By the time Erb founded the Symphony Chorus, he already was directing a non-collegiate choral group singing major repertory. In 1966, he led a reunion Chorus of Alumni and Friends of the University of Richmond. Opting to continue performing, adopting the acronym CAFUR, the group became a fixture on the Richmond concert scene for 28 years. Among other works, CAFUR performed the Bach passions (with its audience following the tradition of singing along in chorales), as well as infrequently heard pieces such as the Vespers of Rachmaninoff, the work the ensemble sang in its 1994 farewell performance.

Erb was the patriarch of one of Richmond’s most musically active families. His widow, Ruth Urbancic Erb, was a violist in the symphony for more than 40 years; his son, Martin G. Erb, is an active choral singer; and his daughter-in-law, Hope Armstrong Erb, is a pianist and director of the Greater Richmond Children’s Choir.

A memorial service for James Erb will be scheduled later. Memorial donations may be made to the Richmond Symphony Chorus, the Greater Richmond Children’s Choir or the charity of your choice.

David Fisk, the symphony’s executive director, recalls “meeting Jim Erb soon after I became executive director and was immediately taken by his fierce passion and consummate musicianship. . . . [H]e was, above all else, a musician, whose good opinion one wanted to earn and to keep. We will miss him very much, but his legacy in Richmond and his reputation in the field of American choral music will live on forever.”

Fisk says the orchestra will plan a memorial concert for Erb next season, featuring “a piece that he particularly loved.”

An especially fine performance of Erb’s “Shenandoah” arrangement, sung by the Choir of New College, Oxford:


Erb relates “part of the story of my life” in this excerpt from a documentary made by John Moon of LifeJourney Films:


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UPDATE (Nov. 12): More tributes to James Erb from his successor and past and present music directors of the Richmond Symphony:

– Erin R. Freeman (director, Richmond Symphony Chorus): “One of the final pieces [Erb] prepared with the Richmond Symphony Chorus was the Brahms Requiem.  I distinctly remember sitting in the audience, poised to take over the legacy that he created, in awe and fear of the task at hand.  Since then, however, I have learned that Jim, through his attention to detail, determination, and musical integrity, set up his legacy in such a way that, as the final movement of the Brahms’ says: he may now rest from his labors, as his work will follow after him.”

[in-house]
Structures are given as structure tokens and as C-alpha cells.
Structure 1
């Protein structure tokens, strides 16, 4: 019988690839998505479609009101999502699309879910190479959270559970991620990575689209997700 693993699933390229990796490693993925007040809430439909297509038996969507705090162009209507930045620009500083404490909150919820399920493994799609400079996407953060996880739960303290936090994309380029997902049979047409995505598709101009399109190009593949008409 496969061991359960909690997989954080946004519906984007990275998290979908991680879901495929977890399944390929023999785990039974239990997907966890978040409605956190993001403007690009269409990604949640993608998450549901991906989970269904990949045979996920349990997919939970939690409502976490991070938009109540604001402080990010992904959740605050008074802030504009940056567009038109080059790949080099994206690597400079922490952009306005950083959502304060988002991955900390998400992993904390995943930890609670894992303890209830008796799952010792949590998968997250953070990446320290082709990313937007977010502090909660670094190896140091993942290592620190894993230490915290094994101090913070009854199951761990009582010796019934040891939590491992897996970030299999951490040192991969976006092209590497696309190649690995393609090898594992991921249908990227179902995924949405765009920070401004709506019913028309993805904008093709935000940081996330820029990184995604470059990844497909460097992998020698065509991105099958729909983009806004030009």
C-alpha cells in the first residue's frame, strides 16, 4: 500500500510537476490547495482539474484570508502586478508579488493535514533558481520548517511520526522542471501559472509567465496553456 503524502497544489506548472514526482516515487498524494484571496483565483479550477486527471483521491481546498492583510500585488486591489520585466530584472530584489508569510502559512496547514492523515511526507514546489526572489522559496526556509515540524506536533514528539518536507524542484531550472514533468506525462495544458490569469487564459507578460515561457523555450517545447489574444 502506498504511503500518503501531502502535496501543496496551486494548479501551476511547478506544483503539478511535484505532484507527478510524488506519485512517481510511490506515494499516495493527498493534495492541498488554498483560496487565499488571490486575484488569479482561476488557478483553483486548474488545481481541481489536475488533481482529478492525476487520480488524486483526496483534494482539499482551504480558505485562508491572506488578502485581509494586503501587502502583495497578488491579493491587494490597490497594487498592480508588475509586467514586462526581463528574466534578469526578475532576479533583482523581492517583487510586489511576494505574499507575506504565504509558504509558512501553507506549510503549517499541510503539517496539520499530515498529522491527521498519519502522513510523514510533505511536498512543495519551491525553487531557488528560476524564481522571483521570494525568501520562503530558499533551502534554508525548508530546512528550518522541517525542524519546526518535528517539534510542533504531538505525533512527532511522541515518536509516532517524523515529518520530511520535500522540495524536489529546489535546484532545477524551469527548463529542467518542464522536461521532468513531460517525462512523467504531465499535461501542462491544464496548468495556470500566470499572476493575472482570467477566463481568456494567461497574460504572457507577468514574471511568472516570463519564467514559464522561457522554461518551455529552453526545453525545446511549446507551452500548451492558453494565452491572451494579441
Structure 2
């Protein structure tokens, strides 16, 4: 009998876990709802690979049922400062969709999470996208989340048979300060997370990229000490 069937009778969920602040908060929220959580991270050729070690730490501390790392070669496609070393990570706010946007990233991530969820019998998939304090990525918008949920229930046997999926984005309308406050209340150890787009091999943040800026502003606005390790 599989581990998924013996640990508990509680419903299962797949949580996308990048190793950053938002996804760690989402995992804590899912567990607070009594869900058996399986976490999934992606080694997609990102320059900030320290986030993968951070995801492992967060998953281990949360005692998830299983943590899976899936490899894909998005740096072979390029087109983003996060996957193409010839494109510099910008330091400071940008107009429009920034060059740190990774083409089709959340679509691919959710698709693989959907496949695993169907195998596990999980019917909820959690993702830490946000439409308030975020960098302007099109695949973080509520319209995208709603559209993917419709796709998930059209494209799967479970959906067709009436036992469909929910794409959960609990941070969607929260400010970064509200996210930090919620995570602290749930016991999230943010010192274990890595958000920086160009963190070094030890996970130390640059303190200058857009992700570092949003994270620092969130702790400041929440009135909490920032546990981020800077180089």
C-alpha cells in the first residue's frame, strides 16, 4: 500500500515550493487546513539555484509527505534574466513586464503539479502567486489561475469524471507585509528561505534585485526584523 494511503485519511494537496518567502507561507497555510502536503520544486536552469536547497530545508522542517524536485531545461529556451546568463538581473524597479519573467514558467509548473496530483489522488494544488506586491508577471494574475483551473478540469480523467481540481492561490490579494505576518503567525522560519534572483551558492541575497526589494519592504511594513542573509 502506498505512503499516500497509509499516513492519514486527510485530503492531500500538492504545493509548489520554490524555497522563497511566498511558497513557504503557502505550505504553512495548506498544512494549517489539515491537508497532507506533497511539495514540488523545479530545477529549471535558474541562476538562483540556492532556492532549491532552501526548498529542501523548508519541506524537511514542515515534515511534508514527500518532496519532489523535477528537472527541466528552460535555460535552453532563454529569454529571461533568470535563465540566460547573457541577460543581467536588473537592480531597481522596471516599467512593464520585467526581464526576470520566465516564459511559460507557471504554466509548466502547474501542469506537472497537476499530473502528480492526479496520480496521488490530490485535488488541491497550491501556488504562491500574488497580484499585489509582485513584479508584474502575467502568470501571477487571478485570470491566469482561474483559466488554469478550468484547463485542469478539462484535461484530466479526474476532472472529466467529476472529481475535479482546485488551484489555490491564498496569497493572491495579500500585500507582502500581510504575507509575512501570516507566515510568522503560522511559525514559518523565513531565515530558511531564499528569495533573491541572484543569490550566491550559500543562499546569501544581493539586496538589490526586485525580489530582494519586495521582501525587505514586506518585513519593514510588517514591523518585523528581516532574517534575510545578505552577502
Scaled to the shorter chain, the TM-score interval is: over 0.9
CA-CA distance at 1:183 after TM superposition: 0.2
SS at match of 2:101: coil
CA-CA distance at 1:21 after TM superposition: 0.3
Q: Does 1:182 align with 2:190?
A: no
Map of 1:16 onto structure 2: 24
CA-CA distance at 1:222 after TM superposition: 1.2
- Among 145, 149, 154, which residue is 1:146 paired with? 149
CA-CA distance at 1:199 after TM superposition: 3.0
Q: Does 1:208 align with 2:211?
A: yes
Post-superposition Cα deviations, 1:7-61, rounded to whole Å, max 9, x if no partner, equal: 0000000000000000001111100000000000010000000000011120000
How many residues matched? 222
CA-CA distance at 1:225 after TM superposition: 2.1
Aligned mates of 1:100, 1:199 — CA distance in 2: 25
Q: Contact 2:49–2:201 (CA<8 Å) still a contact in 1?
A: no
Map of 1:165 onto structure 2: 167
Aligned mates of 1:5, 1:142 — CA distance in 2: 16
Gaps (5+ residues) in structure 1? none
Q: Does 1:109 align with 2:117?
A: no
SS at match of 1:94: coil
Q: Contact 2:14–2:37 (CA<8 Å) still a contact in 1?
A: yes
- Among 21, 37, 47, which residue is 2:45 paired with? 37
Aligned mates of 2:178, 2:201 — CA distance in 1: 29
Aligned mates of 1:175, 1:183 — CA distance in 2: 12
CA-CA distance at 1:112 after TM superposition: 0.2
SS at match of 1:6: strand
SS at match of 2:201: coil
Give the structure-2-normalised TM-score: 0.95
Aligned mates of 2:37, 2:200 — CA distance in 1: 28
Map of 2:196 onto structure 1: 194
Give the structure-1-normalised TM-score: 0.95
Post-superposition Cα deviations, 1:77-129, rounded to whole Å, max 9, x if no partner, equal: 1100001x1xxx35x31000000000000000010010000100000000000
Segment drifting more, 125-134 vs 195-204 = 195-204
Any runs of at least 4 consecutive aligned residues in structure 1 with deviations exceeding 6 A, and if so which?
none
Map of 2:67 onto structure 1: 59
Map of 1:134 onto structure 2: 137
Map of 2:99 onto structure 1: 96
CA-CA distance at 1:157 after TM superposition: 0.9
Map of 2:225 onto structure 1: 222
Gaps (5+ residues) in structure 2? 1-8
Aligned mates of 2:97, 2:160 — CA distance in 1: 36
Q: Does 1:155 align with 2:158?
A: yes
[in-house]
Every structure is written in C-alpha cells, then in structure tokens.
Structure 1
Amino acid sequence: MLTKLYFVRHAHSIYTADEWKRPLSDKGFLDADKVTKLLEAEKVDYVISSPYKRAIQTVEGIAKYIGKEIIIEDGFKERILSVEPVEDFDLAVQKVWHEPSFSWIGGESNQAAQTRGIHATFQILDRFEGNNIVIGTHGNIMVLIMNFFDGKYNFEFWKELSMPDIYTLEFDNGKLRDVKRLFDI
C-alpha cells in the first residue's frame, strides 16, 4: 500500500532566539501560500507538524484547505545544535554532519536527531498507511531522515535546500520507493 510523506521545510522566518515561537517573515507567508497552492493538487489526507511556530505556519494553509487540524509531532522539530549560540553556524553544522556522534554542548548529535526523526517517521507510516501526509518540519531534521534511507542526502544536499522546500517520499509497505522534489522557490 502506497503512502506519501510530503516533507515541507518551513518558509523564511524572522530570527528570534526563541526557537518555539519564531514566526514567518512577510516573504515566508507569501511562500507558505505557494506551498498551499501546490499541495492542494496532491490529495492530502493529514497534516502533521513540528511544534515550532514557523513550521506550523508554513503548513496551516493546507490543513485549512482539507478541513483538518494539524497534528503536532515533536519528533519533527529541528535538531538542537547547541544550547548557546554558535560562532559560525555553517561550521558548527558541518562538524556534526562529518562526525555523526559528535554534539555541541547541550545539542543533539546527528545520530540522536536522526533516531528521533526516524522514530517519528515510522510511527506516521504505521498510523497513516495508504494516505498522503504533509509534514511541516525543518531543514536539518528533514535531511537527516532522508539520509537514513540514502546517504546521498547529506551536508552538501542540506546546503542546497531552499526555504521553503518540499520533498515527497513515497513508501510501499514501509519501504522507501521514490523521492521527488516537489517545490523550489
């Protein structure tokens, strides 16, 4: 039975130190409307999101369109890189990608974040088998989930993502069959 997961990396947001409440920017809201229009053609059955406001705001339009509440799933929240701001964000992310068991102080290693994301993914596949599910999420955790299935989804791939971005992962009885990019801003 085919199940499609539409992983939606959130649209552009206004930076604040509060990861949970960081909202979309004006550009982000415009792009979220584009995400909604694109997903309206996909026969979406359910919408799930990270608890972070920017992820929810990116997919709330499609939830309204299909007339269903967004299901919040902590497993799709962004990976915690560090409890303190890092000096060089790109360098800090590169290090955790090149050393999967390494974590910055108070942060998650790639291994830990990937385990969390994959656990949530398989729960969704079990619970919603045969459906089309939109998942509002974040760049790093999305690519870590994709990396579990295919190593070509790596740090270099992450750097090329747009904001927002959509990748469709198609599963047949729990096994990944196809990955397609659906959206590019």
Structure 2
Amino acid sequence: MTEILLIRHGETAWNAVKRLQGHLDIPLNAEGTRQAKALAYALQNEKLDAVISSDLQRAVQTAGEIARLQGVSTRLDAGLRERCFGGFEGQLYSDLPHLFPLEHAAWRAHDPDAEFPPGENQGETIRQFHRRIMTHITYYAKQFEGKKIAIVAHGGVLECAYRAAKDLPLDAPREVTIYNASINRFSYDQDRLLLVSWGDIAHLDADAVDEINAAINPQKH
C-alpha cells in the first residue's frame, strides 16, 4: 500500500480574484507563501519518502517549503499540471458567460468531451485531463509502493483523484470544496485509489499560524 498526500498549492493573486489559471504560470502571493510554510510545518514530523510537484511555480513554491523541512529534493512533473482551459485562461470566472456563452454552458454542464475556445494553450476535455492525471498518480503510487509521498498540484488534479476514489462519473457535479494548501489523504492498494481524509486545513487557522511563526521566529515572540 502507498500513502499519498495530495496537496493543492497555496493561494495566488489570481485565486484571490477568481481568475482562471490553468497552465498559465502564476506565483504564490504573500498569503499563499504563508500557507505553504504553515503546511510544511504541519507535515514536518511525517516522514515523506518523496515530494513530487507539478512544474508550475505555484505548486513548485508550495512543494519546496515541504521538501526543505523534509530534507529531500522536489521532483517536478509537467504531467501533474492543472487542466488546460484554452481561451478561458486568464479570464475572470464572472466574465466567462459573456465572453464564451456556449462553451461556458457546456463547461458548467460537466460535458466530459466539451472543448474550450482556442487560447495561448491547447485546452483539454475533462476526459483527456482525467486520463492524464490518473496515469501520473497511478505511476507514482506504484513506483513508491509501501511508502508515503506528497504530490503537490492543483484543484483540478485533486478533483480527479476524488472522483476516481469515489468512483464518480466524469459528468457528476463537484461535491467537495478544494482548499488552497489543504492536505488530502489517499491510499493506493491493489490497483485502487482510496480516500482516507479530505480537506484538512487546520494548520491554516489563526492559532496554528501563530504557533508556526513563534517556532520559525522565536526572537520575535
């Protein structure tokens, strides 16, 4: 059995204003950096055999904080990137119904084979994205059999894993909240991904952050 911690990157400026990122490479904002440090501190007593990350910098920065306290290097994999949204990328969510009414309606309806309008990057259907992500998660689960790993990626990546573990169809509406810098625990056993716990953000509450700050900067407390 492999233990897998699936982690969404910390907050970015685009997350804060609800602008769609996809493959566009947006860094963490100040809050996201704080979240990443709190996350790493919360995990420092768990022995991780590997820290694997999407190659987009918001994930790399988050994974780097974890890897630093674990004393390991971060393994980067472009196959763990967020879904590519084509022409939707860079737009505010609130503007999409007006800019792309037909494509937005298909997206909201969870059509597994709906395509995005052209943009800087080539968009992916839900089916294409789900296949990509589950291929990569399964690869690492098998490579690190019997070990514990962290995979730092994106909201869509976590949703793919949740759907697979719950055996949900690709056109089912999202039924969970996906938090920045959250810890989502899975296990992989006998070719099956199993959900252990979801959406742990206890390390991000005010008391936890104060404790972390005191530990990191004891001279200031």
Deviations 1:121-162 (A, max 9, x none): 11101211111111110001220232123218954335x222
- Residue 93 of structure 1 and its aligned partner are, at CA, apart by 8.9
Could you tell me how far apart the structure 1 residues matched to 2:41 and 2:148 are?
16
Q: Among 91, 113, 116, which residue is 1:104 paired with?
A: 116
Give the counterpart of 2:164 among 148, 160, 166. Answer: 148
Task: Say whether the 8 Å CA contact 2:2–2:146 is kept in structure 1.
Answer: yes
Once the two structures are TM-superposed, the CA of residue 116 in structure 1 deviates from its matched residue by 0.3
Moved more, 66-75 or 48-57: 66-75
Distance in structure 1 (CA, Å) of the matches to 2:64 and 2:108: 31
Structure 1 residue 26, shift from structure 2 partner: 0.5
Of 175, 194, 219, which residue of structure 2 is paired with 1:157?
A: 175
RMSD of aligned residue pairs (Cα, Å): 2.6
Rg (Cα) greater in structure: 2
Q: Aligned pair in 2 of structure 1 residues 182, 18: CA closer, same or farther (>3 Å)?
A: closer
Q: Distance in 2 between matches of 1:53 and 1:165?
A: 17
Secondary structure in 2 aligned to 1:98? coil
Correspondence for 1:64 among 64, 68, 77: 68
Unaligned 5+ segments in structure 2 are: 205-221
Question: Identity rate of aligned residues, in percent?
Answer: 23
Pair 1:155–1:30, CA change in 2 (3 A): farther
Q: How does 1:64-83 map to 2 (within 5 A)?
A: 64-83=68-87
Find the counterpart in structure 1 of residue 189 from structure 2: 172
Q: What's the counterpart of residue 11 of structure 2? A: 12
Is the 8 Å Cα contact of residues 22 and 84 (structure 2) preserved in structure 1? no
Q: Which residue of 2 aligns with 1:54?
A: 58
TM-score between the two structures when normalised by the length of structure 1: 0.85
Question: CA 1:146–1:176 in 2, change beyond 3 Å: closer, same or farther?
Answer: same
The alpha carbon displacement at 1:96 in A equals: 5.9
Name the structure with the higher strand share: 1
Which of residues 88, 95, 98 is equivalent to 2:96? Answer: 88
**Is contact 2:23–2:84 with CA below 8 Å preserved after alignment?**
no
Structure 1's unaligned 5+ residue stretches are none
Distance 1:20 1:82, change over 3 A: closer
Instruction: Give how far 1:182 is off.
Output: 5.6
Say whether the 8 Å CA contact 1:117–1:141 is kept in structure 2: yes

– Steven Smith (Richmond Symphony music director): “[Erb’s] love for the collegiality of the chorus, his wealth of experience and sincere and deep commitment to every moment of the music was truly inspiring.  His legacy, not just here in Richmond but in the wider world of music will always be remembered with profound love and respect.”

– Jacques Houtmann (symphony music director, 1971-86): “What a great man, a great musician [Erb] was. . . . I will never forget how he was able to generate such an energy in order to convince the [chorus] to give the best in the vast repertoire he was involved in.”

– George Manahan (symphony music director, 1987-98): “The Richmond Symphony was blessed to have the charismatic leadership of my friend and colleague Jim Erb for so many years.  We performed some of the most challenging choral masterpieces in the repertory, including Bernstein, Walton, Messiaen, Brahms, and Verdi among others.  Never did I think there was a work too tough for the symphony chorus with Jim at the helm.”

– Mark Russell Smith (symphony music director, 1999-2009): “I count the many collaborations with Jim and the incredible chorus he created among my most cherished artistic memories of my tenure in Richmond.  He was a man of great passion and integrity, and brought every ounce of his being to bringing music to life for both his chorus and his audience.  We are all richer musicians and human beings for having had the privilege of working with Jim.”